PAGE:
5. The Achievement Gap There is a need to re-conceptualize the old Black/White paradigm of integration/desegregation and operationalize a more relevant paradigm for the student diversity in the 21st century. This alone is very important if we are to address the achievement gap because of the underachievement of our students and the fact that in many cases this gap is widening. We need to take a hard look at different types of quantifiable data and these numbers must be addressed by policy makers within public school districts and institutions of higher learning at the macro level as we address our immediate concerns at the micro level within our school site for the success of our students.
  6. Academic Achievement There is a need to examine the curricular conditions that lead to the inequities in the academic achievement levels of ethnically and linguistically diverse students in comparison to White students. Stronger leadership is needed to advocate for changes in legislation and policy towards a more positive and supportive approach to shift the negative attitudes prevalent in education concerning students of color and speakers of other languages into a positive one that appreciates who they are and values their culture. Current and new classroom teachers and administrators need to be prepared to address issues that greatly impact our students’ learning communities in the following areas: social, cultural, linguistic and economic backgrounds of the entire spectrum of American students; studies in curriculum and instruction on the nature of language developments and second language acquisition; comprehension of the diverse cultural patterns and historical influence of the demographic evolution of the USA integrated into all facets of teacher education programs; require all teachers working with English Learners to learn a second language and; require all itinerant educators from private and public organizations providing staff in-services to be trained and certified according to the state’s standards in cultural and language teaching approaches by meeting the same requirements that all state-certified teachers must meet.
  7. Socio-Economic-Status There is a need to examine the conditions that lead to the low status of services provided to English language learners and students of color in school communities that provide minimal second language support and a compensatory approach of educational services in school settings that claim to have integration programs. According to the 2000 Census, no racial or ethnic group forms a majority in California. In California’s 2001 Language Census, 1.56 million students were identified as English language learners. In California, approximately 47% or 2.8 million students were from low-income backgrounds and 37% lived in poverty that were from female-head households. However, this does not necessarily mean that poverty causes low academic achievement but that they often attend neighborhood schools that have academic standards and expectations that are lower for them and teachers that are less qualified to teach such a diverse population. Approximately 4,800 or 58% of the schools and 833 or 83% of the school districts in California receive Title I funds, based on the number of low-income students according to the free and reduced lunch (and breakfast) meals served and/or CalWorks, (formerly known as Aid to Families with Dependent Children). The educational needs of California’s language-minority, non-White families, and poverty-stricken students- including White students, extend beyond merely learning English, being exposed to higher mathematics and the sciences, and the set of rules needed to economically survive into the 21st century, from appropriate language instruction and access to the core curriculum to the need to interact positively and successfully with other students and to maintain their self-esteem.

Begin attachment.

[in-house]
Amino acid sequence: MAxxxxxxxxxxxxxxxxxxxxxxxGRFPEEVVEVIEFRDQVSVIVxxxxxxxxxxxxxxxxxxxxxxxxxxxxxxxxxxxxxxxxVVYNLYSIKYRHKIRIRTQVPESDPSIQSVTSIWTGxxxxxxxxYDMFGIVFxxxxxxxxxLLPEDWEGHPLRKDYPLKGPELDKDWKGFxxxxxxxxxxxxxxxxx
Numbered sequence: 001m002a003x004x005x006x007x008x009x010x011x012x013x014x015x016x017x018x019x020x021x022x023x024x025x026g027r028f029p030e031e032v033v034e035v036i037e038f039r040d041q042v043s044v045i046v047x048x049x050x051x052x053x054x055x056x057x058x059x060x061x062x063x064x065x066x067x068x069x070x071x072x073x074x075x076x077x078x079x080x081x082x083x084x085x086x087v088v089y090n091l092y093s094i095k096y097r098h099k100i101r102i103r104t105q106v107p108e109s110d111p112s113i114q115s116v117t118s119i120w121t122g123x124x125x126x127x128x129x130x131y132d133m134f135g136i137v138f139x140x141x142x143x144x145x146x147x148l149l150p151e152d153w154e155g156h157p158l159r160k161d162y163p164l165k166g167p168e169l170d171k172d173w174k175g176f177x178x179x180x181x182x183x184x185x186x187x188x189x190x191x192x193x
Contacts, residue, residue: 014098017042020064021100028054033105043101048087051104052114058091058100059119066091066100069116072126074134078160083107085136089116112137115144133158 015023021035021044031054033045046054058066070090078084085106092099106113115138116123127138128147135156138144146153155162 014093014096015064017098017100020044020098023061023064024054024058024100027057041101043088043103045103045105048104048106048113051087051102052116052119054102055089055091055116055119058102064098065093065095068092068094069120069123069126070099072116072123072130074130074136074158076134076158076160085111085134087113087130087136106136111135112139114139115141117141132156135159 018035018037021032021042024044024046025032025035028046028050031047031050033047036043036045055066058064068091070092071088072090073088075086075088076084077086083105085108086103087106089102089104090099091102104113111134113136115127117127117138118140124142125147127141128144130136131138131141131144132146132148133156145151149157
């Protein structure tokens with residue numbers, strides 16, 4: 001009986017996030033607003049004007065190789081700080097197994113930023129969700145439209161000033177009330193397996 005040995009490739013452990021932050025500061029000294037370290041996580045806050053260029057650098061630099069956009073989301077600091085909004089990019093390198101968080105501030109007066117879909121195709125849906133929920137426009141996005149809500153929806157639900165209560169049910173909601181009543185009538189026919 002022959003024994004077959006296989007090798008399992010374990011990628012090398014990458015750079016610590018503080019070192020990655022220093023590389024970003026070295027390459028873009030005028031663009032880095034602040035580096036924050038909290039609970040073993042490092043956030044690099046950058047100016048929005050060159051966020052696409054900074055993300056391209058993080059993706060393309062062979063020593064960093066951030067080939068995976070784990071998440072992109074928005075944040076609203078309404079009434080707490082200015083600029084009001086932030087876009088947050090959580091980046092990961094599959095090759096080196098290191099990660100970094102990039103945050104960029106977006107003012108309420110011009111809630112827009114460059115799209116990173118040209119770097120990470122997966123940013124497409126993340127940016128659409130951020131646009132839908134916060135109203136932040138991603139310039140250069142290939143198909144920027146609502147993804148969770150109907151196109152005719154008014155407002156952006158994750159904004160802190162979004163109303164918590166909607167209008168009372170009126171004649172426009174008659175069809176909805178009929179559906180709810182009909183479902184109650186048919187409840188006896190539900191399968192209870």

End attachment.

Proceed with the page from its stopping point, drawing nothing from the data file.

8. Ethnic Code Representation There is a need to examine the conditions that lead to school sites having a staff that is not representative of the ethnic and linguistic student diversity. There is a negative sociopolitical trend in public school districts with regard to diversity and many tensions between the goals of the teacher preparation university programs, district hiring patterns and procedures, and the educational reforms within school programs. Though universities seem to offer student teachers courses addressing student diversity in the classroom the student population is not proportionally represented in the classroom teaching staff or the administrative staff. The weakest link in the in-service teacher training programs are in the areas of bilingual education/ESL/ELD and mathematics and the sciences, and the same holds true, with few exceptions, in our university teacher education programs where these programs are minimal. Recruitment, retainment, and retraining of teachers would be highly desirable and effective towards excellence in education.